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The South Beach Diet Controversy

Did South Beach inherit the wrath of the establishment nutritionists?

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Updated November 14, 2011

Updated November 14, 2011
An article by Abby Goodnough in the October 7 issue of the New York Times dissects the early success of the South Beach Diet, another variant of the "low carb" diet, put forth in a new book by Dr. Arthur Agatston. Like the Atkins diet, the South Beach diet promotes restricting carbohydrates in favor of protein and fat.

South Beach vs. Atkins

The South Beach diet begins very similarly to Atkins - with a 2 week initiation phase that radically restricts carbohydrates (and which, Dr. Agatston brashly asserts, should result in a 13-pound weight loss). But after this initiation phase South Beach differs from Atkins (at least the classic Atkins diet) in two significant ways: under South Beach, "good" carbohydrates are not discouraged, and "bad" fats are. (Classic Atkins doesn't like any carbs, and scooping lard from a bucket is a perfectly legitimate snacking strategy.)

South Beach relies on the glycemic index to determine good carbs from bad carbs. Essentially, the glycemic index estimates how rapidly blood glucose levels (and hence, insulin levels) rise after eating a carbohydrate. This is important since keeping insulin levels low is the central principle behind all low carbohydrate diets. (To read why, click here.) So under South Beach, bad carbs with a high glycemic index (like refined flour products, potatoes, pasta, and white rice) are forbidden, while good carbs with a low glycemic index (like whole wheat products and wild rice) are OK.

South Beach also chooses not to ignore the substantial evidence that saturated fats are bad for you. (Atkins maintains that saturated fats are fine as long as you avoid the carbs.) Thus, South Beach wants you to stay away from butter, fried foods, and sausage and instead pushes unsaturated fats like olive oil and fish.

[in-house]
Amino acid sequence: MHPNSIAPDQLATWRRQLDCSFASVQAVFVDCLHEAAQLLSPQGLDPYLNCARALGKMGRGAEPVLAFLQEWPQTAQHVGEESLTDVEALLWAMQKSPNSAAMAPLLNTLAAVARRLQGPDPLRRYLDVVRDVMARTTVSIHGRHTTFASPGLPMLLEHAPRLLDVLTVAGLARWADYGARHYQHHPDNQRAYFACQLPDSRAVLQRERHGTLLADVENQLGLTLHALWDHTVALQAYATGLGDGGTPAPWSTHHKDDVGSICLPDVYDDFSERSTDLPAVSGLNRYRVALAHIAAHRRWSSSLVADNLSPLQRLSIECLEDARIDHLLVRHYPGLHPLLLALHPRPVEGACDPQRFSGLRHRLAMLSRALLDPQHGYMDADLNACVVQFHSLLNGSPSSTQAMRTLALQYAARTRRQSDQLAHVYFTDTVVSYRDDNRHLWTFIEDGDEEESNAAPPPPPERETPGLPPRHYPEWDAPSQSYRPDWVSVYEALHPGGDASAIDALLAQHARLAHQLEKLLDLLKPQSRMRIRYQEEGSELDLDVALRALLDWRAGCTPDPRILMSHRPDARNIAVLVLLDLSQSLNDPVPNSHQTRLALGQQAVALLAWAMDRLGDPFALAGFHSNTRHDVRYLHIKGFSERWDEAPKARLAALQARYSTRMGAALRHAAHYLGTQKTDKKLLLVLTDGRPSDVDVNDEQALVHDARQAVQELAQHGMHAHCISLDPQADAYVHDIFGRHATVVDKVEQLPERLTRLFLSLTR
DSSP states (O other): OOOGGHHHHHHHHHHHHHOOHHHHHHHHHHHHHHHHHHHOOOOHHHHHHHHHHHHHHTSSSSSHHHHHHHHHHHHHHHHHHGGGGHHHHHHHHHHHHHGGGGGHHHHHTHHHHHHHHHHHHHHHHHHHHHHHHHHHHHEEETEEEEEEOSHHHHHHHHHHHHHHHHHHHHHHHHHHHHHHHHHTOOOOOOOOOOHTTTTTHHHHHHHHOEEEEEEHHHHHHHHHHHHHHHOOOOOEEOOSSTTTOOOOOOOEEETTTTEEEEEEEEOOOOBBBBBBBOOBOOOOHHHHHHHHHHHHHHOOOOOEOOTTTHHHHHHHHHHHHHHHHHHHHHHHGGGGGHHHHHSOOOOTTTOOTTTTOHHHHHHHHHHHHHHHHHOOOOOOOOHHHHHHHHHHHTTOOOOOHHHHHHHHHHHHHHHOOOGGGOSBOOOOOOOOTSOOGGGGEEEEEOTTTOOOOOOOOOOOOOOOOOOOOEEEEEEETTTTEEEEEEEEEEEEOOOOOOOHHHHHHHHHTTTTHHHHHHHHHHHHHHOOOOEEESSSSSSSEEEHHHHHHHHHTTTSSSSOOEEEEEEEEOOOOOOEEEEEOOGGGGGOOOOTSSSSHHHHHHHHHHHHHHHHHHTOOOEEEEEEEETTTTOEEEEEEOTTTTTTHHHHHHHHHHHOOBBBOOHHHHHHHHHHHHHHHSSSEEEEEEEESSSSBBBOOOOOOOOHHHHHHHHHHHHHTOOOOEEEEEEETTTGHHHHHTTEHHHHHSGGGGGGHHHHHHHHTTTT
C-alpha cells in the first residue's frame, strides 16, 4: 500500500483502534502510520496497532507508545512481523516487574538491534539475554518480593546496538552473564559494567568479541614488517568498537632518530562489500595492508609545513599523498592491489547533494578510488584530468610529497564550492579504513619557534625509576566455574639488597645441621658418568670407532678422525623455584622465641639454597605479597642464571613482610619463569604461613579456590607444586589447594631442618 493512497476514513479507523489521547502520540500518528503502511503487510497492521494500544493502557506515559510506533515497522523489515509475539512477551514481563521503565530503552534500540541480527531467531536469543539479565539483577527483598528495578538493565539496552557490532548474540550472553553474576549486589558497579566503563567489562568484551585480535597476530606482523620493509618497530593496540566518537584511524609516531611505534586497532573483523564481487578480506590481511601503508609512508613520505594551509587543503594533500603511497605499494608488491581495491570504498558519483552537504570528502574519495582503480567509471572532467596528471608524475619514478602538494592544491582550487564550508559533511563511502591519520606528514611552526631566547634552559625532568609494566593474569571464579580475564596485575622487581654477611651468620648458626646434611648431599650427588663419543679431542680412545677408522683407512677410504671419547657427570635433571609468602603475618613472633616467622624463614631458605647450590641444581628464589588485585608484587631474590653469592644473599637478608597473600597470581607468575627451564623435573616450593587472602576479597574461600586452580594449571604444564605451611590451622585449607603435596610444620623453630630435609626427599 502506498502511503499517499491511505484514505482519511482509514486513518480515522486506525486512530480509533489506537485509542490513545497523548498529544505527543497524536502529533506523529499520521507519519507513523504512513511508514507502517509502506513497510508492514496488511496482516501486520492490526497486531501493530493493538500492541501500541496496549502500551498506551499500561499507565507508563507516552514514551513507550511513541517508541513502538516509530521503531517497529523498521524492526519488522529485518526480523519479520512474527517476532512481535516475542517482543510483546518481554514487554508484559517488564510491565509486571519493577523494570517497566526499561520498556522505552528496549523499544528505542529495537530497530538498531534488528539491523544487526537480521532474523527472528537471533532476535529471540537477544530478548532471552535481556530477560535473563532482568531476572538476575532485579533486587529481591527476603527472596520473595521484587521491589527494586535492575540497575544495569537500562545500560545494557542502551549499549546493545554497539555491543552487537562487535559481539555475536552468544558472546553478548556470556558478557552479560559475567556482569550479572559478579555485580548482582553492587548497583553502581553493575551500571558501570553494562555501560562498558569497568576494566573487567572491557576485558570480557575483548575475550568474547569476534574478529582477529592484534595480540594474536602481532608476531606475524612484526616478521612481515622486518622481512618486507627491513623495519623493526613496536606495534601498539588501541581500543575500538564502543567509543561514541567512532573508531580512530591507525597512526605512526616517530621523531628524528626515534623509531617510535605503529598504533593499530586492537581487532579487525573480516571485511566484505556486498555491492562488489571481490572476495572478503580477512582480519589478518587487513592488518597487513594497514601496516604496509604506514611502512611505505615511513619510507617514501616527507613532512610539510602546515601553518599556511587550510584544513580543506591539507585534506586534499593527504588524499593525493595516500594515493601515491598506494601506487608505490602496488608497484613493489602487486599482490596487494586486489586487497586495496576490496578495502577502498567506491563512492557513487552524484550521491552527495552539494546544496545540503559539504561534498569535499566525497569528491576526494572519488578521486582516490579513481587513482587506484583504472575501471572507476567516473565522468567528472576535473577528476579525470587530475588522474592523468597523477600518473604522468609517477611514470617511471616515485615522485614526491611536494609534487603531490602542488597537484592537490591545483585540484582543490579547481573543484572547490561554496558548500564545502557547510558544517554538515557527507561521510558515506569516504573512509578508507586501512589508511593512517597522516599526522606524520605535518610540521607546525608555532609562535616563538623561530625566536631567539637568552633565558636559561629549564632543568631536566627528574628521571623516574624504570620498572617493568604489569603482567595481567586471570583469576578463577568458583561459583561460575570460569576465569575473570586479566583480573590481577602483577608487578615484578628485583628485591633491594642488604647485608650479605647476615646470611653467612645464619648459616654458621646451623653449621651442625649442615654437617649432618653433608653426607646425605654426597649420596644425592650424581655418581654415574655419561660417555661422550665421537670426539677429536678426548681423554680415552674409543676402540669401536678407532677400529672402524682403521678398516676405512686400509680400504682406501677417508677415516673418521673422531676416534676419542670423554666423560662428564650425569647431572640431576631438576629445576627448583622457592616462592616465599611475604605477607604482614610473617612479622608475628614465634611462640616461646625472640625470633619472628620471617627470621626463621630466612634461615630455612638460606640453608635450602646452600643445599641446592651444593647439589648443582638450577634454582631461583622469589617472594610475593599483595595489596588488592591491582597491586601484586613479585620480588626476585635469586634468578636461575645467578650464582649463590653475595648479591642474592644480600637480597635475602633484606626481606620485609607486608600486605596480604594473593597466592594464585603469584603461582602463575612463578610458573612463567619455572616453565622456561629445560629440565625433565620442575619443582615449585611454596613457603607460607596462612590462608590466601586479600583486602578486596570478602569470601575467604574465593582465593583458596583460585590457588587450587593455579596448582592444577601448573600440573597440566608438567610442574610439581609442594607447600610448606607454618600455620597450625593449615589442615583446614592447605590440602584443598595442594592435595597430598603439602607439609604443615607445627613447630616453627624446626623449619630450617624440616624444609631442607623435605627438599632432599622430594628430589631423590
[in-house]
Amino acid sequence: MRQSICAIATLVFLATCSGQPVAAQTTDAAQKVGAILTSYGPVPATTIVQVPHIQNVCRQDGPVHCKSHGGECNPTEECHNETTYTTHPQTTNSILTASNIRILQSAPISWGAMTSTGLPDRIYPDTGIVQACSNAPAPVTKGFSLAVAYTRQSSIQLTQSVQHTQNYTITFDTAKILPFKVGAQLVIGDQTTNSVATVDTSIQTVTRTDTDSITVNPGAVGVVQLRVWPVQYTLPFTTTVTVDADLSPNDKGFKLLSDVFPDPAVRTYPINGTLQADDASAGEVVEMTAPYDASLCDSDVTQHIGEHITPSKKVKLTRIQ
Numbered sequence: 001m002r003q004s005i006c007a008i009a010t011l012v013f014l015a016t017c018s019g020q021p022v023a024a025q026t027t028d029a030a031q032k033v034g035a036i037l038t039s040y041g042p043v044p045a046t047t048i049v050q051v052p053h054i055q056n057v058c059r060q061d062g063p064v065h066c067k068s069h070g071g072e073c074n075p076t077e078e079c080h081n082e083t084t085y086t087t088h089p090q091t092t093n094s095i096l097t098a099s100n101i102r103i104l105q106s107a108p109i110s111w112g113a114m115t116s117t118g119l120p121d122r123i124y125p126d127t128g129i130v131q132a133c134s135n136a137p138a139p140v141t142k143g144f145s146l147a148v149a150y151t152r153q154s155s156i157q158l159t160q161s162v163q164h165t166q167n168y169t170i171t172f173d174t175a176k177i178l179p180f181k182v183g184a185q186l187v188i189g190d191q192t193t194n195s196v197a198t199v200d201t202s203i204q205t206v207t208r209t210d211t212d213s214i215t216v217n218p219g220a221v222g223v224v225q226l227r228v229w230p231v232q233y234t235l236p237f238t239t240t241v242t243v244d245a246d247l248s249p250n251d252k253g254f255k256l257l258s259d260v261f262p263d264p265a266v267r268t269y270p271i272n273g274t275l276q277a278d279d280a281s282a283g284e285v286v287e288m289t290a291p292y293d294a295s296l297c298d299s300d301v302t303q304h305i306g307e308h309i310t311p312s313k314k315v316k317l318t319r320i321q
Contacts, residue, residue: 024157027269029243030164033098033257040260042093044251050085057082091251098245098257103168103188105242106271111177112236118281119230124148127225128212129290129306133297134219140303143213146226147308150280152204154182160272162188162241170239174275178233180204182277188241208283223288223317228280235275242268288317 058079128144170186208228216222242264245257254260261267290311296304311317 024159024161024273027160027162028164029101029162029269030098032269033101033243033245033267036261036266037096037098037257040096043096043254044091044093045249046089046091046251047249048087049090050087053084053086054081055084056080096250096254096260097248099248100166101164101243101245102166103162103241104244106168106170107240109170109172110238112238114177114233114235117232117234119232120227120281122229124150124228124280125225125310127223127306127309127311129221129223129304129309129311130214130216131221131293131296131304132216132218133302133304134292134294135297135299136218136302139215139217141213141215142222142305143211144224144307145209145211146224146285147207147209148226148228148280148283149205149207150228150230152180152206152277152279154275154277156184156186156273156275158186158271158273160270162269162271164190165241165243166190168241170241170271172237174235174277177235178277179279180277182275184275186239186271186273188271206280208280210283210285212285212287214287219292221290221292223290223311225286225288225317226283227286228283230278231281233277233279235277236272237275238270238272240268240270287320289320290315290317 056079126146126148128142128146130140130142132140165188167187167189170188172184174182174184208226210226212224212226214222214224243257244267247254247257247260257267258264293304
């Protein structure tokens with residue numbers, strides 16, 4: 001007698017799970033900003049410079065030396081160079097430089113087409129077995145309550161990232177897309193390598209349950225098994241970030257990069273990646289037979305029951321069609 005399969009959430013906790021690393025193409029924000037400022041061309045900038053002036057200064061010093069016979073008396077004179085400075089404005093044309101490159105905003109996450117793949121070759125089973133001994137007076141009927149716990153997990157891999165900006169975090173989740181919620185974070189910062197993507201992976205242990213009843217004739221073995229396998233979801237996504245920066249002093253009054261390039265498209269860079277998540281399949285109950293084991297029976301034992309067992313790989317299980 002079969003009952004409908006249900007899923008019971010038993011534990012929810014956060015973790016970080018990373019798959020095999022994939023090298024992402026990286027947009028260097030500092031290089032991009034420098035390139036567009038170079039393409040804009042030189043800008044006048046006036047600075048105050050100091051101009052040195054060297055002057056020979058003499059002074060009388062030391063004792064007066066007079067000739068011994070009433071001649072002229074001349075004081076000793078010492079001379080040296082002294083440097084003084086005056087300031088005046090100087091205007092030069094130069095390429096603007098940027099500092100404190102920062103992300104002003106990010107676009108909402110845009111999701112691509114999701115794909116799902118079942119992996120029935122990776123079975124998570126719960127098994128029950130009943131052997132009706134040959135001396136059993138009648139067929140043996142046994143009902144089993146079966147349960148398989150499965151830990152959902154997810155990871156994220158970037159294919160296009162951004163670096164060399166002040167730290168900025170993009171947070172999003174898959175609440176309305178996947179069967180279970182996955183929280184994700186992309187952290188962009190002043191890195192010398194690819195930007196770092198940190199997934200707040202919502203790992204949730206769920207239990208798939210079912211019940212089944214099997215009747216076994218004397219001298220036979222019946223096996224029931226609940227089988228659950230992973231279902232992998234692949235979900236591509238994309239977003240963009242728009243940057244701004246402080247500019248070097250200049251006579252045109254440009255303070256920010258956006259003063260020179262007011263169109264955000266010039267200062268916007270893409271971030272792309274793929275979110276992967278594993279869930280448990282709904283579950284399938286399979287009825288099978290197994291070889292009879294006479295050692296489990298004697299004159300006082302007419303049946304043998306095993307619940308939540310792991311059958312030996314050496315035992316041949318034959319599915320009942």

As DrRich has pointed out in the past, scientific evidence is causing the radical low-carb proponents (as exemplified by Dr. Atkins) and the radical low-fat proponents (as exemplified by Dr. Ornish) to converge. The low-carb guys are having to admit that complex carbohydrates (i.e., the low glycemic carbs) are necessary for a healthy diet. Similarly, the low-fat guys have had to concede that certain fats are essential to good health. So, while these radicals continue to fight viciously, if you listen to what they are saying quietly in the background, they're not all that far apart. DrRich notes with interest that the South Beach diet (after the radical initial 2-week phase) lines up pretty much at the convergence point - the place where the radical low-fats and low-carbs are being dragged together, kicking and screaming all the way.

Nutritionists vs. everybody

So what are nutritionists saying about South Beach? According to the Times, they are carping. Nutritionists hate it when physicians (who, everyone knows, know nothing about nutrition) write best-seller diet books, and when those diet books fall under the category of "low-carb" (an approach that turns the exalted food pyramid on its head) they really go ballistic. So: they complain about the shortcomings of the glycemic index (pointing out that carrots really aren't that bad for you,) and about the unhealthy nature of the radical initial phase, and about the promise of losing 13 pounds during the first 2 weeks (which is indeed reminiscent of the seedier weight loss scams).

But they seem to have a hard time arguing with the later phases of South Beach - as well they might. The long-term part of the South Beach diet looks pretty healthy to me, too.

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